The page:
Feather Plucking and Self-Mutilation

Stress may be the cause

Feather plucking and self-mutilation (chewing the legs, feet and/or skin area to a bloody pulp) may have either psychological or pathological origins. A new environment, repetitive loud noises or activity, abuse, breeding frustration, and other stresses may cause a bird to pluck its feathers and chew on its skin out of sheer frustration. If this is the case with your bird, obviously, take measures to make your bird’s life less stressful. A reduction in stress should put a gradual end to the problem. However, if your bird continues to pluck feathers at a rapid pace or chew itself to a bloody pulp, it may be falling victim to a disease.

Psittacine beak and feather disease (PBFD) is a deadly avian disease that attacks the immune system (like AIDS in humans). A bird may be a carrier of PBFD for years and not show outward signs (usually severe feather plucking and deformed feathers) until the immune system is compromised by another problem. Highly infectious, PBFD is most often seen in cockatoos, budgies and cockatiels; however, other species, such as Amazons and greys, have fallen victim to this horrible disease, too.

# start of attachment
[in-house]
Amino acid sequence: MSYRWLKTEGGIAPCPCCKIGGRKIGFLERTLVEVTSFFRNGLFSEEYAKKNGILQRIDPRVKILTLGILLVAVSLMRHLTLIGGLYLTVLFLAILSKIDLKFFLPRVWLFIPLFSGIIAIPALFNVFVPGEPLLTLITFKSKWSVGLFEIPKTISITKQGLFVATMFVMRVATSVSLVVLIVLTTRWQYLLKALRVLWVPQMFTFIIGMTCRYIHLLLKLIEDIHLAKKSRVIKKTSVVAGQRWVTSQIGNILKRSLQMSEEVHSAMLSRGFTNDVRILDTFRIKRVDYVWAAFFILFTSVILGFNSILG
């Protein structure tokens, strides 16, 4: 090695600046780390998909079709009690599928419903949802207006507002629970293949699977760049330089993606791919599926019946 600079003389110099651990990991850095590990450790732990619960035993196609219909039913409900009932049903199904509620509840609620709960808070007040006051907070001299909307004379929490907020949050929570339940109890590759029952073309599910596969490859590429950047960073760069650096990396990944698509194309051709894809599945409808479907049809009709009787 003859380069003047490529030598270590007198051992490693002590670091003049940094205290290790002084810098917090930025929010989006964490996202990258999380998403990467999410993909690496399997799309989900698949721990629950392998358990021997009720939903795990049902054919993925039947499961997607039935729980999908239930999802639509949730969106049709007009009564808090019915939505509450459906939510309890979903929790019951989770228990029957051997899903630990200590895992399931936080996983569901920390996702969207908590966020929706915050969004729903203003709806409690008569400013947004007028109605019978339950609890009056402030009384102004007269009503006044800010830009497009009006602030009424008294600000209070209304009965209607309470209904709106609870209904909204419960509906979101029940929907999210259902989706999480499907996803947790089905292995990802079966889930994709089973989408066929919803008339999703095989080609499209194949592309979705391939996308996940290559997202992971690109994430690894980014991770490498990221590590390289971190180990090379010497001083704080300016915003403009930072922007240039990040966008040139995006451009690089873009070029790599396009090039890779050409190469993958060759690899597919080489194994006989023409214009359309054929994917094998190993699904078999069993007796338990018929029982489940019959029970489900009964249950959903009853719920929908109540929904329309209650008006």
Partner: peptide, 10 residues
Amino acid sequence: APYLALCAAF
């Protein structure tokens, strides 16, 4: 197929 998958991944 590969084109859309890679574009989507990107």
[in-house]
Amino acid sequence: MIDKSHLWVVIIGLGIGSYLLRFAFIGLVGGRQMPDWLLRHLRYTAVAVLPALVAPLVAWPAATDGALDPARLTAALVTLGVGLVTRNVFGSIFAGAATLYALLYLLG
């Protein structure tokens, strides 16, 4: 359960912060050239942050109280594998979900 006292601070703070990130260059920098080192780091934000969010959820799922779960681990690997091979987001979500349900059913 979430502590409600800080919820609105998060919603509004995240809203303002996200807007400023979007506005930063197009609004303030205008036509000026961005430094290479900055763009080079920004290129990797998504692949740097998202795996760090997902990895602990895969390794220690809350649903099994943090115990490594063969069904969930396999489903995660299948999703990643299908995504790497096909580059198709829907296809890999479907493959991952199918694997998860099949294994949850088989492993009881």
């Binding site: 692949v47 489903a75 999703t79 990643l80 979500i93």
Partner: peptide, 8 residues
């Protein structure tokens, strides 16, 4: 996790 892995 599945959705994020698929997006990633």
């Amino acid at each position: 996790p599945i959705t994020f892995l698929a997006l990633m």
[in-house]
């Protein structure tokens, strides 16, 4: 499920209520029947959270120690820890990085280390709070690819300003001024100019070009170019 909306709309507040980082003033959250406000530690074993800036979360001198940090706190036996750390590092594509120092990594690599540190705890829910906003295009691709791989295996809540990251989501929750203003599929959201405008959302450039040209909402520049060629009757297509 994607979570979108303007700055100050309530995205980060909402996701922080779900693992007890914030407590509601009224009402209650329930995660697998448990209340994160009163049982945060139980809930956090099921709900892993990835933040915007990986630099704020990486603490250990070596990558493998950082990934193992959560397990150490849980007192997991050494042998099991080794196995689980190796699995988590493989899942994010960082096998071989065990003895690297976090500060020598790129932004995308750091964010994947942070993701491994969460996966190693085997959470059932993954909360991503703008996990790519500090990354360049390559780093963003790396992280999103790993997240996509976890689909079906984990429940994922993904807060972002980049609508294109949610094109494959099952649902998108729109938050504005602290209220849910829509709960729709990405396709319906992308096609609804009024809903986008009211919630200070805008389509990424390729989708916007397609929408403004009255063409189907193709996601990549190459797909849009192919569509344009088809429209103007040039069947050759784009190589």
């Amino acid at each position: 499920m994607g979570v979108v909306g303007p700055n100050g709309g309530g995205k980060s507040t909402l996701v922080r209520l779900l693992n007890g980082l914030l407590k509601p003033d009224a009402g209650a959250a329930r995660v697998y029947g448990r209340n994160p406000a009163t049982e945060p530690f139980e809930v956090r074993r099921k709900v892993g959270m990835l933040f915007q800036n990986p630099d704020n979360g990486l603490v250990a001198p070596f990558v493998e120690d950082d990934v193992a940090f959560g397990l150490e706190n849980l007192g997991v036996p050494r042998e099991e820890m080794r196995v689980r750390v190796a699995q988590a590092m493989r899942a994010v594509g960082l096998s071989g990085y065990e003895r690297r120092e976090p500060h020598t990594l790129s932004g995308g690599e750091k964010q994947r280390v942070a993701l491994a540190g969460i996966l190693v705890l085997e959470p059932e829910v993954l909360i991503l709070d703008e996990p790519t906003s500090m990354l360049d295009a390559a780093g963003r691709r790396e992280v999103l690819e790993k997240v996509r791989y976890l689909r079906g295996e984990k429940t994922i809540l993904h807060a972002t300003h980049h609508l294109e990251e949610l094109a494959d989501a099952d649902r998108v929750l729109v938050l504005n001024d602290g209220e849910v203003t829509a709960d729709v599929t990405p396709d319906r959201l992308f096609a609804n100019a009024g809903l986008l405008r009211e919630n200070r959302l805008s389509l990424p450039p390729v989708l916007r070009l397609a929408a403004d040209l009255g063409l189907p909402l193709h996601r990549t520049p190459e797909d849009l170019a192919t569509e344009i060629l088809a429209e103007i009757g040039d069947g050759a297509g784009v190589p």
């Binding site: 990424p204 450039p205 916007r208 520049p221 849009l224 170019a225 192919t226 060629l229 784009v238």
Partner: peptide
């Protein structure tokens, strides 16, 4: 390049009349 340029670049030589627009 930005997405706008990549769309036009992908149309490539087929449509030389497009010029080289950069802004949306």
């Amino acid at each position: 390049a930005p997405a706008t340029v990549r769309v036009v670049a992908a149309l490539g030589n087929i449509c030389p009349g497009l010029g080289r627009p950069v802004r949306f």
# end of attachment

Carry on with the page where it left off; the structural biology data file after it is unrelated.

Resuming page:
On a brighter note, feather plucking may also be a sign of a mite infestation, which can be treated easily and effectively. If you notice that your bird plucks and/or self-mutilates consistently, don’t take any chances; call your avian veterinarian.

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Behavior and Training · Birds

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